Tim Dyson, London School of Economics and Political Science (LSE)
This paper examines data for the famines in Bengal in 1943-44 and Bangladesh in 1974-75. Both crises arose in complex circumstances which, among other things, were influenced by warfare, low agricultural productivity, and unprecedented population growth. Moreover, both famines are often seen as being somewhat archetypal—in that it has been asserted, and is widely believed, that they did not involve a decline in food availability relative to the population. In this context, and drawing from previous research, the paper shows that the basis for the assertion that there was no food availability decline during the 1943-44 Bengal famine is very weak; and a similar conclusion applies for the 1974-75 Bangladesh famine. In both cases, the largely unqualified assertion that there was no food availability decline derives from uncritical and partial interpretation of data—a problem that extends to related demographic analysis. The larger question that arises, however, is just how research on and understanding of the genesis of these two famines could themselves go so awry. The paper suggests some explanations—including the potential link to Malthusian population theory.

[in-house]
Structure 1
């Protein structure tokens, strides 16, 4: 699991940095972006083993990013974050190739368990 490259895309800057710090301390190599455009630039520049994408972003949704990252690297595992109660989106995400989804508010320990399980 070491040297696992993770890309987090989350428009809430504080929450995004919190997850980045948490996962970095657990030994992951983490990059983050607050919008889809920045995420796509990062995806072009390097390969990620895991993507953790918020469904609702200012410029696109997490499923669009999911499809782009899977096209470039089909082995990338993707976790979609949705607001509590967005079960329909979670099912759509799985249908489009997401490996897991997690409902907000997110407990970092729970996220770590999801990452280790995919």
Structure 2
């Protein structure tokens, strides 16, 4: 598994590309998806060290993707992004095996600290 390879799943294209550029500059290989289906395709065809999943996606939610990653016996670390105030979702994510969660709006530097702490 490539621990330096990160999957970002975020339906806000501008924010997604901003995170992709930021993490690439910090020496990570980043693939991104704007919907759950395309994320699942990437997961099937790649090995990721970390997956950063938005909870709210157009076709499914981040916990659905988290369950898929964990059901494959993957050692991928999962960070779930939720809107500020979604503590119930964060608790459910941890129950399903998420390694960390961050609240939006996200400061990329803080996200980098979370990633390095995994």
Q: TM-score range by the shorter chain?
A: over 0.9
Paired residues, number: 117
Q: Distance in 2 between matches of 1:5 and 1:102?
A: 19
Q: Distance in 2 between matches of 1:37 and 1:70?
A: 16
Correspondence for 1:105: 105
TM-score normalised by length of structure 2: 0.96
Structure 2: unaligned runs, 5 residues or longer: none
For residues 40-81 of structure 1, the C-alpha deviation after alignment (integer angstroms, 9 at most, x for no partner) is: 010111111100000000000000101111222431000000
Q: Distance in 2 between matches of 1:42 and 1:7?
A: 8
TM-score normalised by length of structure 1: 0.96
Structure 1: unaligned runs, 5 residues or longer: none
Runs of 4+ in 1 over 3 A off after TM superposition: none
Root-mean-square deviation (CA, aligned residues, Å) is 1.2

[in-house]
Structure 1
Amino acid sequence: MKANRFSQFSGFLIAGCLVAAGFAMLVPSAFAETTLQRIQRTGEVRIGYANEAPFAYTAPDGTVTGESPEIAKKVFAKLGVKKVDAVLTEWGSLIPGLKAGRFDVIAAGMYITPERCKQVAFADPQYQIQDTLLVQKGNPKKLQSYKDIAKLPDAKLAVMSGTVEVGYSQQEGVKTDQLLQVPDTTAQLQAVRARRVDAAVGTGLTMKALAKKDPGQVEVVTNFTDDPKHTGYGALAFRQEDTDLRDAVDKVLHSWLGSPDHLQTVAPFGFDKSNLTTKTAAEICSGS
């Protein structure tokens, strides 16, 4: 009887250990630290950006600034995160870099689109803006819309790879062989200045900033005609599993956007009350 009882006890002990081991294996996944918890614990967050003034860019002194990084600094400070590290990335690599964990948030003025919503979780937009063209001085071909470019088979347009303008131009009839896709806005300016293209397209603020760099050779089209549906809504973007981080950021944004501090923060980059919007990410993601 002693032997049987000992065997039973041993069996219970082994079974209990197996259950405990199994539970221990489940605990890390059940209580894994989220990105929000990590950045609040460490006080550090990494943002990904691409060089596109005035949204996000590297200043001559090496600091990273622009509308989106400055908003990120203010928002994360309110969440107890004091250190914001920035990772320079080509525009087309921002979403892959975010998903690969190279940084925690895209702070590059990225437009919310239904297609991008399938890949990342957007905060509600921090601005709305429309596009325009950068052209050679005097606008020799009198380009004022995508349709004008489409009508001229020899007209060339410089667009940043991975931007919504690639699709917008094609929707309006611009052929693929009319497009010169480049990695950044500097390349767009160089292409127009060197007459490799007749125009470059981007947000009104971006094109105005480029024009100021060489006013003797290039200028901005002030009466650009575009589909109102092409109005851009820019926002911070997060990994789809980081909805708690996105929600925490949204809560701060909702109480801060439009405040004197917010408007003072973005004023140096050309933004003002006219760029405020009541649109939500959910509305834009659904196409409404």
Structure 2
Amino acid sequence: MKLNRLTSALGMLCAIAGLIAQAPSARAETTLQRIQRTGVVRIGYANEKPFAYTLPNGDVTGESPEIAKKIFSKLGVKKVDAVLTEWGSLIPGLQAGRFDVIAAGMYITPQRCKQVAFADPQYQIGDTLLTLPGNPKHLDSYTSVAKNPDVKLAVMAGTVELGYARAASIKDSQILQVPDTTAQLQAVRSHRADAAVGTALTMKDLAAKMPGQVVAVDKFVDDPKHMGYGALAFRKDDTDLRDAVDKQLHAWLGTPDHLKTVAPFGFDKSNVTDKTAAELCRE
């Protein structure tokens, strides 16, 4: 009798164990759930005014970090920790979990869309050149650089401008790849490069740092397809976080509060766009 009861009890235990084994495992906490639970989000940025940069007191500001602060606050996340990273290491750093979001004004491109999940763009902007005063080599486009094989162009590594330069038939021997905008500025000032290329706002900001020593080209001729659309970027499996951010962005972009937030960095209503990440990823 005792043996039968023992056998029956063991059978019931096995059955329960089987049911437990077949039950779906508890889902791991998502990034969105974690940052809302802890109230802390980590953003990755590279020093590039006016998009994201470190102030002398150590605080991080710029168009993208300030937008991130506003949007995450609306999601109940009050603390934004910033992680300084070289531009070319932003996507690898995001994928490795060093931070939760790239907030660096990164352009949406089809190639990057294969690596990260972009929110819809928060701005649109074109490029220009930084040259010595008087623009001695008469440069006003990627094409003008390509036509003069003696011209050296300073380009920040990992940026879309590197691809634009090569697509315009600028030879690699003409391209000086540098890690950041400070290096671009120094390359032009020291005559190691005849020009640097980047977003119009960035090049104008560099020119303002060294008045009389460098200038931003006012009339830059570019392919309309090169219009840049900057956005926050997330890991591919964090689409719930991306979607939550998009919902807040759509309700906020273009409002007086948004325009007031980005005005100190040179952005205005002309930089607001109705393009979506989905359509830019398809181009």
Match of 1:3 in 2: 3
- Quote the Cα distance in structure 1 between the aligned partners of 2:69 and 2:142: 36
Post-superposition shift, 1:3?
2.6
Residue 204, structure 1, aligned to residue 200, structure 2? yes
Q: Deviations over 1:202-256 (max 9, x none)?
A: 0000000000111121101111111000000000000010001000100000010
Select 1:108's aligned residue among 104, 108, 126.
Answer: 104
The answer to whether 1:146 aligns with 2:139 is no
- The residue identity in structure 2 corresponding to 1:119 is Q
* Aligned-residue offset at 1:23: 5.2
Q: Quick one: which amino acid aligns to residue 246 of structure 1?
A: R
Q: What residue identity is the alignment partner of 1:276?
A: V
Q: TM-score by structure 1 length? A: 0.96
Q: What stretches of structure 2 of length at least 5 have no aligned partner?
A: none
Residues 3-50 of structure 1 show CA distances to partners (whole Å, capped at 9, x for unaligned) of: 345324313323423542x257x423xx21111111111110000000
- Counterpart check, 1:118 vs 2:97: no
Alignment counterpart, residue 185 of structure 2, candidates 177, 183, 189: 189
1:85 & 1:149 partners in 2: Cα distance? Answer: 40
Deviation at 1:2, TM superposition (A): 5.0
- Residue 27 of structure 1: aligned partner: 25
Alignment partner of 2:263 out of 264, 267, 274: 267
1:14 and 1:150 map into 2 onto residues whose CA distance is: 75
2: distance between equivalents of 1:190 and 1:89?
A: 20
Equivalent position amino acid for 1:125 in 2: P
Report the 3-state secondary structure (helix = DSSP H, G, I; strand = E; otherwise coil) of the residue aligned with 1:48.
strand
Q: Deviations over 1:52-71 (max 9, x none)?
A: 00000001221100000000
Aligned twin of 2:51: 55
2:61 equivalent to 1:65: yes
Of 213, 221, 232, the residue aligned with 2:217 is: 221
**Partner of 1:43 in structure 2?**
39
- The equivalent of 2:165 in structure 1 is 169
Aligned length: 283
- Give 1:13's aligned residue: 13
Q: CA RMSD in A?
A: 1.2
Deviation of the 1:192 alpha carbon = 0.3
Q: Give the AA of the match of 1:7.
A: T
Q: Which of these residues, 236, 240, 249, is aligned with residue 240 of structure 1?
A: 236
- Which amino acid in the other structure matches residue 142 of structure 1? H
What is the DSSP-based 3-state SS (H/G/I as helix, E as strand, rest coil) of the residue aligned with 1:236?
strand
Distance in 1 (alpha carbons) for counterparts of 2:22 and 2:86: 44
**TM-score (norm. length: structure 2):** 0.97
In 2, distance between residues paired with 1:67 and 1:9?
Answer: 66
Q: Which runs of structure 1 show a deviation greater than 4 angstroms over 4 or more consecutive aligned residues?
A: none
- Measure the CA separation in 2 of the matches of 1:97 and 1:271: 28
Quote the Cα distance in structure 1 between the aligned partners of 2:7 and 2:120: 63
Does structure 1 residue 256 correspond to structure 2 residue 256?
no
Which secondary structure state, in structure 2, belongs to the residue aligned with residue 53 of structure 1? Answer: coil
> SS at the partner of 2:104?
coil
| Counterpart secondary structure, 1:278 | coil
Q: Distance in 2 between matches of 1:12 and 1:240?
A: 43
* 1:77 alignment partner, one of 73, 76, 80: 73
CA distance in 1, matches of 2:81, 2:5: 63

Keywords: Historical demography/methods, Economic analysis, Population geography
Presented in Session 108. Keynote: Twentieth Century Famines and Food Availability in South Asia